Some management companies plan to expand the practice. Kossow believes that non-smoking apartment buildings are part of a larger trend, and Kettler has extended this rule to other area projects including The Metropolitan at Village at Leesburg. The policy will also be implemented at a future property that Kettler will manage on Glebe Road. When UrbanTurf attended the November opening of View 14, the 184-unit luxury apartment building at the corner of 14th Street and Florida Avenue in the U Street Corridor, a View 14 rep said that the building was strongly considering a no-smoking policy (though management ultimately decided against it). Mara Olguin told UrbanTurf that the smoke-free apartment policy will be extended to future Vornado/Charles E. Smith projects because for now, “sustainability is on everyone’s mind.”

Depite its growing popularity, there are undoubtedly renters out there that feel as though this policy encroaches on their civil liberties. So with that in mind, would you live in a completely non-smoking building? Let us know in the comments.

See other articles related to: renting in dc, editors choice

This article originally published at http://dc.urbanturf.com/articles/blog/apartments_outlaw_smoking_--_even_within_the_units/2050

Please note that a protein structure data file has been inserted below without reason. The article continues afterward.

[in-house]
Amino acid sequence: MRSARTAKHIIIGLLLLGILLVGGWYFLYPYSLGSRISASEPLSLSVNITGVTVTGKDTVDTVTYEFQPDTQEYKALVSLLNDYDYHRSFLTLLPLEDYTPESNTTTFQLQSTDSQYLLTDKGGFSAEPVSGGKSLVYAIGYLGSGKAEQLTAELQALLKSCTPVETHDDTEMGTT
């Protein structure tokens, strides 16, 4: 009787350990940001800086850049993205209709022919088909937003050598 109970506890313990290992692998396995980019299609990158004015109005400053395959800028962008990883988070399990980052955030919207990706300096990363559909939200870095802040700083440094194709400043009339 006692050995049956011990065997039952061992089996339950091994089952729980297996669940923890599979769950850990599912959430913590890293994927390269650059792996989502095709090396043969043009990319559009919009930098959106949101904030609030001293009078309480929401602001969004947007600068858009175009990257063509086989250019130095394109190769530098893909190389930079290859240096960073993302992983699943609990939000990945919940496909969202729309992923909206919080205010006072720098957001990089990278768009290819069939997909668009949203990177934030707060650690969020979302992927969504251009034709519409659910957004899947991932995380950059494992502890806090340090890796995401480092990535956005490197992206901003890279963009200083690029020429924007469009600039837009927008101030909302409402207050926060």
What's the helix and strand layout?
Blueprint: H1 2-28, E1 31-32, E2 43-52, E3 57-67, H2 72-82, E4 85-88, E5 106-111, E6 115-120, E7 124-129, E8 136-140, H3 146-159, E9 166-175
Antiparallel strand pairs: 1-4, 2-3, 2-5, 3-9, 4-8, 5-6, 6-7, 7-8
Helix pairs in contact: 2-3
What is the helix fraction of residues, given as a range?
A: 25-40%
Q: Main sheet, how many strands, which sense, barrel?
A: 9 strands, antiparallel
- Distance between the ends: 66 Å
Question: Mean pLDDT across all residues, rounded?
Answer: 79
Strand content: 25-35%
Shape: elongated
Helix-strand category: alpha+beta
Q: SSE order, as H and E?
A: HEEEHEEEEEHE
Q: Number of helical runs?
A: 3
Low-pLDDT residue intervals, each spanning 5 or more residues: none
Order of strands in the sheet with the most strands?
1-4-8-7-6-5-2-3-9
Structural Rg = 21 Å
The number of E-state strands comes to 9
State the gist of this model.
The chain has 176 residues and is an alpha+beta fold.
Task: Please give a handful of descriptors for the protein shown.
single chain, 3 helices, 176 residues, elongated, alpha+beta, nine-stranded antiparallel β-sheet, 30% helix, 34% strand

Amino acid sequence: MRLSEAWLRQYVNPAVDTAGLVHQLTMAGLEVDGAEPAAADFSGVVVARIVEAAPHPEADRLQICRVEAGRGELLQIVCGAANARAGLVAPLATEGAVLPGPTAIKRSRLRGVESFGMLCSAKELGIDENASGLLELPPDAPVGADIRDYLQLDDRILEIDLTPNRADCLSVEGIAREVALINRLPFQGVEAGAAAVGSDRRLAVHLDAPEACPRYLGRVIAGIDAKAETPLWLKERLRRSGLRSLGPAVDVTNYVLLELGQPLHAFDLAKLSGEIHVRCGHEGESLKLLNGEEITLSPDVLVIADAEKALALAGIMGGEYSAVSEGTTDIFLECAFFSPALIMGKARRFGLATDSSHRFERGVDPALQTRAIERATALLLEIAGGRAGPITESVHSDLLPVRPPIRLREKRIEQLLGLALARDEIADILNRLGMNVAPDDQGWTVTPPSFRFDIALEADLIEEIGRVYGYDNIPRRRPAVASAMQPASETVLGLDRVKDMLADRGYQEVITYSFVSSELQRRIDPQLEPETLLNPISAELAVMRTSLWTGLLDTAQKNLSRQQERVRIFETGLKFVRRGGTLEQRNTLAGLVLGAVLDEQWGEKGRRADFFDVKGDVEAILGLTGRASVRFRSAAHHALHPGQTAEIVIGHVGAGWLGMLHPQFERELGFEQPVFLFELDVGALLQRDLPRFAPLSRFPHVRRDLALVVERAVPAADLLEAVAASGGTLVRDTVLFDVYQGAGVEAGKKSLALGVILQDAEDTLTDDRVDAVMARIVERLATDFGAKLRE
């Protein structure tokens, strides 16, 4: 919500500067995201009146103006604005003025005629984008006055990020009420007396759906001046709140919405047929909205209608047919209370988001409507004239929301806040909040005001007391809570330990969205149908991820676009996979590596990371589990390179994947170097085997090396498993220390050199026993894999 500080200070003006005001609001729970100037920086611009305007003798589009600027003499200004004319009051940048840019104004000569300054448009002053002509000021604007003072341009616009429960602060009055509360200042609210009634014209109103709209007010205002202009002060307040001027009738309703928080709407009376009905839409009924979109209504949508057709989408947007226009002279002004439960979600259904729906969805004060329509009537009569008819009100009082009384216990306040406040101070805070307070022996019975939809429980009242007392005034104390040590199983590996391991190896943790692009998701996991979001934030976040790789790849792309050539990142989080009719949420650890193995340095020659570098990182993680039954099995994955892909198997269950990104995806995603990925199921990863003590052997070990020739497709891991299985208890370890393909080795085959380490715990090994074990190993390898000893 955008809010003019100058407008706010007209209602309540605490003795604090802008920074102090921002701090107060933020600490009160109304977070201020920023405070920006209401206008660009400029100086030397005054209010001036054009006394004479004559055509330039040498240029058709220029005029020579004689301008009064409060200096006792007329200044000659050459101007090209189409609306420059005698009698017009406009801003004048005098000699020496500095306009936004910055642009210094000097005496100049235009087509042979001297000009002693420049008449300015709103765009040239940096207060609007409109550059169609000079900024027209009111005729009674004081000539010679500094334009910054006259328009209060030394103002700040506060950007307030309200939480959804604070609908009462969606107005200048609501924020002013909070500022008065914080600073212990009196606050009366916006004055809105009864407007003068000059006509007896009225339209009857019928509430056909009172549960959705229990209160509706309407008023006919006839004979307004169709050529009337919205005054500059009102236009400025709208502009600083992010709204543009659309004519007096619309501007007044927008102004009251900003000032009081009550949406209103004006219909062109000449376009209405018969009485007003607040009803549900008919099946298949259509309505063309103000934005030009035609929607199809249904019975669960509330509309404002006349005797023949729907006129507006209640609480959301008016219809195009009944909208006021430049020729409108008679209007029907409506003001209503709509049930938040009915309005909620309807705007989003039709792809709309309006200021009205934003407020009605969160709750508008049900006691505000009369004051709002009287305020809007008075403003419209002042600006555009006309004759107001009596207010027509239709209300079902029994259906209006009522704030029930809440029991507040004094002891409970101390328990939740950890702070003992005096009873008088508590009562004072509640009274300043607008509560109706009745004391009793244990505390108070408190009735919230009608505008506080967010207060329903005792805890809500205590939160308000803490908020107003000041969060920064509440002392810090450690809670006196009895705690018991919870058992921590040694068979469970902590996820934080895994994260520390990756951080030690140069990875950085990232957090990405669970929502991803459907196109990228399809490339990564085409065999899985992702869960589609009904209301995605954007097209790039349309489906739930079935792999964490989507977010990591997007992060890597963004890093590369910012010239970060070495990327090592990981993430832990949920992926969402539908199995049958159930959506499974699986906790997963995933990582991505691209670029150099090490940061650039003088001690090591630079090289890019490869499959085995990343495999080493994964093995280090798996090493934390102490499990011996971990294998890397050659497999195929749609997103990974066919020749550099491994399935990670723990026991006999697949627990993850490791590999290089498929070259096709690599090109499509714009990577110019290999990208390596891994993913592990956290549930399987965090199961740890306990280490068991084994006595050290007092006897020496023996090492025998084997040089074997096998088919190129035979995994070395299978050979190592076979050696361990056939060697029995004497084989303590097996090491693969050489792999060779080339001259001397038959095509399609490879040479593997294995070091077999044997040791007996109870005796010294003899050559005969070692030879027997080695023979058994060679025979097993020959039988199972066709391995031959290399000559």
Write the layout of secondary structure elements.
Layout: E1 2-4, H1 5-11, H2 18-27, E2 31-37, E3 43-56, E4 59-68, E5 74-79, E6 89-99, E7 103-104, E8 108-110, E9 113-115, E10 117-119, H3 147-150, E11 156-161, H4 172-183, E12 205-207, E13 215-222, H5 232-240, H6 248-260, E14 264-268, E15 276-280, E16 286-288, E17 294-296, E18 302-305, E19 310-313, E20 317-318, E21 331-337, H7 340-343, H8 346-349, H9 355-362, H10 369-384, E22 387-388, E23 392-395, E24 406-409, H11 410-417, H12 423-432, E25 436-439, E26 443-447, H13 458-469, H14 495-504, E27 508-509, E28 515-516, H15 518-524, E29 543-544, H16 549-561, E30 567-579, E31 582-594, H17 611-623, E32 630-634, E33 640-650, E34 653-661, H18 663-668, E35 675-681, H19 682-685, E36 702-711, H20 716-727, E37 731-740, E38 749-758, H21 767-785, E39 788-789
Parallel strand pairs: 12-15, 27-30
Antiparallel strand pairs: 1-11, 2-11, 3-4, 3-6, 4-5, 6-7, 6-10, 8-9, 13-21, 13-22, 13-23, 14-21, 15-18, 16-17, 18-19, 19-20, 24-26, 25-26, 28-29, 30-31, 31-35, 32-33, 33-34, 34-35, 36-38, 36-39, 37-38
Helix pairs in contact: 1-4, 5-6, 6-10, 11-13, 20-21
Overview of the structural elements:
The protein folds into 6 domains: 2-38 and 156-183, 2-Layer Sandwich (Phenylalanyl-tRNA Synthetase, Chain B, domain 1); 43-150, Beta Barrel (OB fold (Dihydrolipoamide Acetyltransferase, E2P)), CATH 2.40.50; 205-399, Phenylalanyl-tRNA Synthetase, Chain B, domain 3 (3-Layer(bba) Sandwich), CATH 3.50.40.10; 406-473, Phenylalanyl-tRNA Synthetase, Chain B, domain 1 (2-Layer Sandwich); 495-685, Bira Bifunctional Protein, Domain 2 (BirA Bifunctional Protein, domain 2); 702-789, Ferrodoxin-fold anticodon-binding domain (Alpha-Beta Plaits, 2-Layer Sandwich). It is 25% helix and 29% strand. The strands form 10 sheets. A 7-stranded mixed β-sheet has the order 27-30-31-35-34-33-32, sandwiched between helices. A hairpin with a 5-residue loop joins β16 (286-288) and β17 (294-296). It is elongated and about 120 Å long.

1. Outlaw It said at 12:35 pm on Friday May 7, 2010:

    Given that my apartment smells like an ashtray because of my next door neighbor, I am fully in favor of this movement.

  1. Rob said at 12:46 pm on Friday May 7, 2010:

    More buildings need to do this—it would be a big plus for me when I’m deciding on an apartment to rent.

    The benefit isn’t just cleaner air.  It’s also safer to live in a smoke-free building, because the risk of fire is a lot lower.  The building my girlfriend lived in last year had three fires during the year that were caused by smoking (and this was a pretty new luxury building near Logan Circle).  Thanks to fire alarms and sprinklers, each one was extinguished pretty quickly and did little damage outside the smoker’s apartment, but it was still a real worry (and a reason that she moved out of that building).